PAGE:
Sunday, July 10, 2016

Jim Hightower: Investment banks don’t commit crimes; investment bankers do


  • Until federal authorities charge reckless bankers at places like Goldman Sachs individually, they’ll shake down their shareholders to bail out firms and to pay any of the firm's fines for misdeeds.

  • Posted Jul. 8, 2016 at 12:15 PM 

    Hey, stop complaining that our government coddles Wall Street’s big, money-grubbing banks.
    Sure, they went belly-up and crashed our economy with their greed. And, yes, Washington bailed them out, while ignoring the plight of workaday people who lost jobs, homes, businesses, wealth and hope.
    But come on, buckos. Haven’t you noticed that the feds are now socking the banksters with huge penalties for their wrongdoings?
    Wall Street powerhouse Goldman Sachs, for example, was recently punched in its corporate gut with a jaw-dropping $5 billion punishment for its illegal schemes. It’s hard to comprehend that much money, so think of it like this: If you paid out $100,000 every day, it would take you nearly 28 years to pay off just $1 billion.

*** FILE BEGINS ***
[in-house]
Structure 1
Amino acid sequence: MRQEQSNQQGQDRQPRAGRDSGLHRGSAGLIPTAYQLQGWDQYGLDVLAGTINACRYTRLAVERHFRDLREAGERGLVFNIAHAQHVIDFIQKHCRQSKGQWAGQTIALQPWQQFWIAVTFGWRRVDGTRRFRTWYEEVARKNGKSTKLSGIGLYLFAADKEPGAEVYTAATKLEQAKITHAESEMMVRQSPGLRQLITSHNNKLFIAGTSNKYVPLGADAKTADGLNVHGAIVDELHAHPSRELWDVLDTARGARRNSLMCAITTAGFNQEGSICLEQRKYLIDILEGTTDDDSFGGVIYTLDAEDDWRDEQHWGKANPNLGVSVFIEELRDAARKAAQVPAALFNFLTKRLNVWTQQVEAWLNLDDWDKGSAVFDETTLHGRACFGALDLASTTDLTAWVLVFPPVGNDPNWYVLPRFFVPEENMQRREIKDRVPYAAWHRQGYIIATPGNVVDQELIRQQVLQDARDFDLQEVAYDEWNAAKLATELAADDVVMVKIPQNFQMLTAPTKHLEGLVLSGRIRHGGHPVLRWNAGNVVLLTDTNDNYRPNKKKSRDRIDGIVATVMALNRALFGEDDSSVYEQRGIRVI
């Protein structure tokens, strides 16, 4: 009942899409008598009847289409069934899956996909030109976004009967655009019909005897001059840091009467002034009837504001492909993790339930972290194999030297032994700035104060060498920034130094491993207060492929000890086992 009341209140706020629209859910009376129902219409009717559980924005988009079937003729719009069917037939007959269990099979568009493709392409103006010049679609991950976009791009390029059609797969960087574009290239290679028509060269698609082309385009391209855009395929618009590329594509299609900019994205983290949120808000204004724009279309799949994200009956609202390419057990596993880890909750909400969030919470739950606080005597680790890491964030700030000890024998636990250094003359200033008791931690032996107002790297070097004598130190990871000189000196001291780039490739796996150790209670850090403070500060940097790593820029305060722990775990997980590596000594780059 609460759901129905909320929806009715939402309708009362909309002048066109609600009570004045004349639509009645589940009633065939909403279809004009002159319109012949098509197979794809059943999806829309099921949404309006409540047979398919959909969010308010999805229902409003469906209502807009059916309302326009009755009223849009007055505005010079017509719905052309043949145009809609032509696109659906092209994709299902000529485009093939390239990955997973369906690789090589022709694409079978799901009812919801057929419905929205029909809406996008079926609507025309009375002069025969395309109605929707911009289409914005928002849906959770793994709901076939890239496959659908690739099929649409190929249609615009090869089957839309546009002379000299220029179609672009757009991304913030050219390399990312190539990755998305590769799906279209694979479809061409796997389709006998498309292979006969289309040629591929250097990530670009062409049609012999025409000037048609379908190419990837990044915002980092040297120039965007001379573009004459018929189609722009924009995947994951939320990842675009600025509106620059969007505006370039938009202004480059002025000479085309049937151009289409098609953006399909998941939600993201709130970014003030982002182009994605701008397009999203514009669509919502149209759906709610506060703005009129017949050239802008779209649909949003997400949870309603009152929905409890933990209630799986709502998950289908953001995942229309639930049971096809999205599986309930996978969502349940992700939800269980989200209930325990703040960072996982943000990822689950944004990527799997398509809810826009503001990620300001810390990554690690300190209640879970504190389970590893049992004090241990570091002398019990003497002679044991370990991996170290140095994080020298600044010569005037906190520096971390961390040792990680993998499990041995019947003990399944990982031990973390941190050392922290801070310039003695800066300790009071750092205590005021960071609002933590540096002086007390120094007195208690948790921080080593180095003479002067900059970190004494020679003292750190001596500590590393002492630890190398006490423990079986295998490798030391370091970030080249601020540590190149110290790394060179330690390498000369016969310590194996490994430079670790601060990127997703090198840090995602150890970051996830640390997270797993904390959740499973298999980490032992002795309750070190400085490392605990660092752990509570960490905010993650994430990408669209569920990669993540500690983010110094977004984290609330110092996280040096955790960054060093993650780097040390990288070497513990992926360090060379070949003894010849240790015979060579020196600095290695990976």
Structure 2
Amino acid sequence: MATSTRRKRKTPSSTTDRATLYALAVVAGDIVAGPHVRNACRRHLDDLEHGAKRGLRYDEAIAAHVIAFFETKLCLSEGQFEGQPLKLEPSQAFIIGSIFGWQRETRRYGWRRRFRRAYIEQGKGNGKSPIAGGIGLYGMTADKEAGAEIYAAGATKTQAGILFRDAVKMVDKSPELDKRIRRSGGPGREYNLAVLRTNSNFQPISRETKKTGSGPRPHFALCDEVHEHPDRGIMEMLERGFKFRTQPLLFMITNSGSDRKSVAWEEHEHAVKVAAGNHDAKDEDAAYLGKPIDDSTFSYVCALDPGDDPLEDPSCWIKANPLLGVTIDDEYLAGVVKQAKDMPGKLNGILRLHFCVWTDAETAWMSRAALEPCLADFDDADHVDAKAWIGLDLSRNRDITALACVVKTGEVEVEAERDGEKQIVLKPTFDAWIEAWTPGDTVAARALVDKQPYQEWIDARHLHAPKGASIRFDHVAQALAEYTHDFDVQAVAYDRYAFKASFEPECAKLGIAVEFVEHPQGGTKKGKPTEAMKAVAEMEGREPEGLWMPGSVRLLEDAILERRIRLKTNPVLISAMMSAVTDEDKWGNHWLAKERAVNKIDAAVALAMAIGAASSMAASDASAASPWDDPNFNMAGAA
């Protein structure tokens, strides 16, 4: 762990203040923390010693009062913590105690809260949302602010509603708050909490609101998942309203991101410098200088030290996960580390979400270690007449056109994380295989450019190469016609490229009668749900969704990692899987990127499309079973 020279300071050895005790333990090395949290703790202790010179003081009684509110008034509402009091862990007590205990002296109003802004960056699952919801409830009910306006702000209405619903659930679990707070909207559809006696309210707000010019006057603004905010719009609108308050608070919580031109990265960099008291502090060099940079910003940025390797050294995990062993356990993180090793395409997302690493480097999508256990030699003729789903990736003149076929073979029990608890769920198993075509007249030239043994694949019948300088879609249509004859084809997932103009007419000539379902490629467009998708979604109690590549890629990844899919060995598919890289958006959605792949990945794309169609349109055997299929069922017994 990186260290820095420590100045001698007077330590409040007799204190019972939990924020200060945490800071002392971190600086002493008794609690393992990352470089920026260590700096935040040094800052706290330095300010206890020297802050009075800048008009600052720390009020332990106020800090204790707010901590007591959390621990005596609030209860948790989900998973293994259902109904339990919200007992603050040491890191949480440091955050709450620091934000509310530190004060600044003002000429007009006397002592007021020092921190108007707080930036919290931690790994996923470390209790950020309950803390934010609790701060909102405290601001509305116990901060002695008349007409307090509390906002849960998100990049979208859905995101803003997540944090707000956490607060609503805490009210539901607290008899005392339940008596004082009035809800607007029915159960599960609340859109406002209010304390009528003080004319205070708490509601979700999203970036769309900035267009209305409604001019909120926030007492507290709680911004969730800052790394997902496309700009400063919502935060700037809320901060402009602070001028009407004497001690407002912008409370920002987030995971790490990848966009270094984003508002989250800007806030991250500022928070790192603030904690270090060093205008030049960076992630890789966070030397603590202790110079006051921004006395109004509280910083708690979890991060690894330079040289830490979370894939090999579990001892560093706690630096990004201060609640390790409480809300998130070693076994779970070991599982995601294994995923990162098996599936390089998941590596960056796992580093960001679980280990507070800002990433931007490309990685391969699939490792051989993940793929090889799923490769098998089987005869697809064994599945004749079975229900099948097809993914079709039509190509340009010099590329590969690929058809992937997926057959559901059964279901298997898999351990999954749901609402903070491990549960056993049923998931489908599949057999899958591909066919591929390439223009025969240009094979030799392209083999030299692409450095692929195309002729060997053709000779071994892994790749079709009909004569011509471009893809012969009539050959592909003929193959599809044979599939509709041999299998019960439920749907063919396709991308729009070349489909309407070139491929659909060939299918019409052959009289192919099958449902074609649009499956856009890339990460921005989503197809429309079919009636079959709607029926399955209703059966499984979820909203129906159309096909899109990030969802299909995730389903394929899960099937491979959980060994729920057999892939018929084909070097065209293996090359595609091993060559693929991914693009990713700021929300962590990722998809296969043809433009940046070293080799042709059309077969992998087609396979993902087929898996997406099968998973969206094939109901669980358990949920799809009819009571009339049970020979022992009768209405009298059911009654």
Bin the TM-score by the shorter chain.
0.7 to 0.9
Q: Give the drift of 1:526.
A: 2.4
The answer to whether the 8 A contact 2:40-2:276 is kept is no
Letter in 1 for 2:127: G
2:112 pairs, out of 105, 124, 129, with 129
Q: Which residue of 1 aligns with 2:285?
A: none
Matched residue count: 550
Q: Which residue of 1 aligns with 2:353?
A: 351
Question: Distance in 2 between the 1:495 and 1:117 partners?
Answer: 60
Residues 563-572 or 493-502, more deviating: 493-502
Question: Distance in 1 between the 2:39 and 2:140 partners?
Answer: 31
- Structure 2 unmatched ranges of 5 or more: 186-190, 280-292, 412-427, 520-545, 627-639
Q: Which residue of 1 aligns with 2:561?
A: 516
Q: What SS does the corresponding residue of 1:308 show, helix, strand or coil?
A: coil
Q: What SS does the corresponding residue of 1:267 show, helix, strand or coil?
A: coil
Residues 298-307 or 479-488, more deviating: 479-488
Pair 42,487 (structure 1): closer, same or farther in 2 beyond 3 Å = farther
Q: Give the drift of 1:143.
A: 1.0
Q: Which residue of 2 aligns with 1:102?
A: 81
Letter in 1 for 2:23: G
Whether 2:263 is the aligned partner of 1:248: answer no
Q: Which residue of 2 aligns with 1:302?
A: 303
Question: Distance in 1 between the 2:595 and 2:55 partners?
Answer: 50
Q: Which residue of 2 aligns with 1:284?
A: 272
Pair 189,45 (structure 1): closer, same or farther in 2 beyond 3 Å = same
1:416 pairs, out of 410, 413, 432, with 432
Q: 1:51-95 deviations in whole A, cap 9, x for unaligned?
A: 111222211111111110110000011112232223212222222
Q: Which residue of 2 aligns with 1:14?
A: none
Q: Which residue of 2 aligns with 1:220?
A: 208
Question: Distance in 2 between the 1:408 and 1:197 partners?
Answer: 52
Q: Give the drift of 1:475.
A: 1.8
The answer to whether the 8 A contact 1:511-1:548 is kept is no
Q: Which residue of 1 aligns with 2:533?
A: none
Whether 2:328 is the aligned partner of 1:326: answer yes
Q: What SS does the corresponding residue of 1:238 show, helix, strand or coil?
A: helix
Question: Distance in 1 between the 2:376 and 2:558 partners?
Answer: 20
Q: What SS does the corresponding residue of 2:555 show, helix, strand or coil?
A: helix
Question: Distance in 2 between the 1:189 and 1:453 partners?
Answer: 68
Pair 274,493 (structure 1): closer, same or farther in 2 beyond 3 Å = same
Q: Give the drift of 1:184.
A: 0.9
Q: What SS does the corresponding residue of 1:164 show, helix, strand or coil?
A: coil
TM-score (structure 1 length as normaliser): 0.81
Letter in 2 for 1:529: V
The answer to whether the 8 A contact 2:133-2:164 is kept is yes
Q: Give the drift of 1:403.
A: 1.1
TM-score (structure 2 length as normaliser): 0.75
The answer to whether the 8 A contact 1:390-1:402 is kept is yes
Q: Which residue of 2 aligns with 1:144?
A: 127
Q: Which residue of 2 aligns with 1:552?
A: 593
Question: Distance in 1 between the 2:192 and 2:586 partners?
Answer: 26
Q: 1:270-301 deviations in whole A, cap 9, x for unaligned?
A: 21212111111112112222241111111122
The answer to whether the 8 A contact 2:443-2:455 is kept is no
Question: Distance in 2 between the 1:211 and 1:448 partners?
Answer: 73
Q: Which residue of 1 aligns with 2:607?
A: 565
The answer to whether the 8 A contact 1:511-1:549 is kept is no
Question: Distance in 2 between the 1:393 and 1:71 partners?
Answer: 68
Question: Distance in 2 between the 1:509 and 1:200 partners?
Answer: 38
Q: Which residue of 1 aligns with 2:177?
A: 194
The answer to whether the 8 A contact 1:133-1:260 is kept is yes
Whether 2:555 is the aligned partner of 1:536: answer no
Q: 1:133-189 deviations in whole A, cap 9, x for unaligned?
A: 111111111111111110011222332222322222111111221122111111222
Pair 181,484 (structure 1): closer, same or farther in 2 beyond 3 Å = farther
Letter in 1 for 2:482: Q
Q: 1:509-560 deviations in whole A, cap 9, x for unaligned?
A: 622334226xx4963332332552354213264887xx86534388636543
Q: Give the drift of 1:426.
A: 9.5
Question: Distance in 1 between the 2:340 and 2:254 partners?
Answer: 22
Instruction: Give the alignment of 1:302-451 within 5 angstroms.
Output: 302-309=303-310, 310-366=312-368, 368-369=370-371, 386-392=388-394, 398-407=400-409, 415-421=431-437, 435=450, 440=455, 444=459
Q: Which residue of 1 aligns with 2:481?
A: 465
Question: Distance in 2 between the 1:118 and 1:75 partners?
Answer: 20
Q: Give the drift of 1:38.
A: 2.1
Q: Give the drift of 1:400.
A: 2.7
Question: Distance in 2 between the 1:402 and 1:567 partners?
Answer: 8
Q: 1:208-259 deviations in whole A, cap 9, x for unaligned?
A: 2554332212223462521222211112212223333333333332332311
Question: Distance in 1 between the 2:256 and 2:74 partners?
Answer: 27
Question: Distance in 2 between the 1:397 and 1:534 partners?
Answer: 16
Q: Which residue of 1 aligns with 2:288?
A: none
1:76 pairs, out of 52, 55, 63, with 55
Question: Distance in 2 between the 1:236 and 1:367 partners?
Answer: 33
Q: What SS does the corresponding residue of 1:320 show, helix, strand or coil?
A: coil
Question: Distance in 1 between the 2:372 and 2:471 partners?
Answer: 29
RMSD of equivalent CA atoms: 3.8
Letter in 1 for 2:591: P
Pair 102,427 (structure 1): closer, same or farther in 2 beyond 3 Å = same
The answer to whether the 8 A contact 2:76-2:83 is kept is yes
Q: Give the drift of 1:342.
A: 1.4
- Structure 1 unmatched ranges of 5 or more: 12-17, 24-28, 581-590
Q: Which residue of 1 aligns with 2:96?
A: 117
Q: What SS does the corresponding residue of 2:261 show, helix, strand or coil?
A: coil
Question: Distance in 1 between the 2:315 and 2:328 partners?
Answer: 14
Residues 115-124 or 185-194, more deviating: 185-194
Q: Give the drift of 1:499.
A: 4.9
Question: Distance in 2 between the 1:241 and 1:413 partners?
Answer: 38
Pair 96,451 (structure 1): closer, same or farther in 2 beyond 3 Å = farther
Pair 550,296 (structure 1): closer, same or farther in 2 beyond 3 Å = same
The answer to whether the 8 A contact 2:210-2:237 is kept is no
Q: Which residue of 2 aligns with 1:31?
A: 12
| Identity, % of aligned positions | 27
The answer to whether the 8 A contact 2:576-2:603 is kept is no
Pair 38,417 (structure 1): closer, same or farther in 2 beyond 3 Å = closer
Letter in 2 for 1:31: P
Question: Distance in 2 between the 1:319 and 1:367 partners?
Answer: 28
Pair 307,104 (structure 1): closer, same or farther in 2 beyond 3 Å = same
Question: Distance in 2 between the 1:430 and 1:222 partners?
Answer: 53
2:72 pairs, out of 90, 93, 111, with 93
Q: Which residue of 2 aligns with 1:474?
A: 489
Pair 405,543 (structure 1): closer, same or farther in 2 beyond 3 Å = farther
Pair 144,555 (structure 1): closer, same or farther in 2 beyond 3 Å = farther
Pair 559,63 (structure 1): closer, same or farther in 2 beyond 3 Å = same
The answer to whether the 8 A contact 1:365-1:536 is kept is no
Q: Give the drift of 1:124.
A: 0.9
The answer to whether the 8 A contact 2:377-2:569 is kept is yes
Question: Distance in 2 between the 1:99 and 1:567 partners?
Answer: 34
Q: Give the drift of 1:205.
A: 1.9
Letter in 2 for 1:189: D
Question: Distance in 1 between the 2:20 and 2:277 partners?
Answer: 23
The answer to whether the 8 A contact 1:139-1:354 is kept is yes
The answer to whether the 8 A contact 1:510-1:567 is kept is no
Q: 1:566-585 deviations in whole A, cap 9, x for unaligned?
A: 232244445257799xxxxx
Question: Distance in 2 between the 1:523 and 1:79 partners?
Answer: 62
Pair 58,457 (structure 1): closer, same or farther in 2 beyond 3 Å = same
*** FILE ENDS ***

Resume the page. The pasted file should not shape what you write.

So imagine having to pull five big Bs out of your wallet. That should make even the most arrogant and avaricious high-finance flim-flammer think twice before risking such scams.
    So these negotiated settlements between the feds and the big banks will effectively deter repeats of the 2008 Wall Street debacle, right?
    Actually, no.
    Notice that the $5 billion punishment is applied to Goldman Sachs, not to the “Goldman Sackers.” The bank’s shareholders have to cough up the penalty, rather than the executives who did the bad deeds.
    Remember, banks don’t commit crimes — bankers do. Yet Goldman CEO Lloyd Blankfein just awarded himself a $23 million paycheck for his work last year. That work essentially amounted to negotiating a deal with the government to make shareholders pay for the bankers’ wrongdoings — while he and other top executives keep their jobs and keep pocketing millions.
    What a great example for young financial executives. With no punishment, the next generation of banksters can view Blankfein’s story as a model for Wall Street success, rather than a deterrent to corruption.
    Jim Hightower is a radio commentator, writer and public speaker. He’s the editor of the populist newsletter “The Hightower Lowdown” and a columnist for

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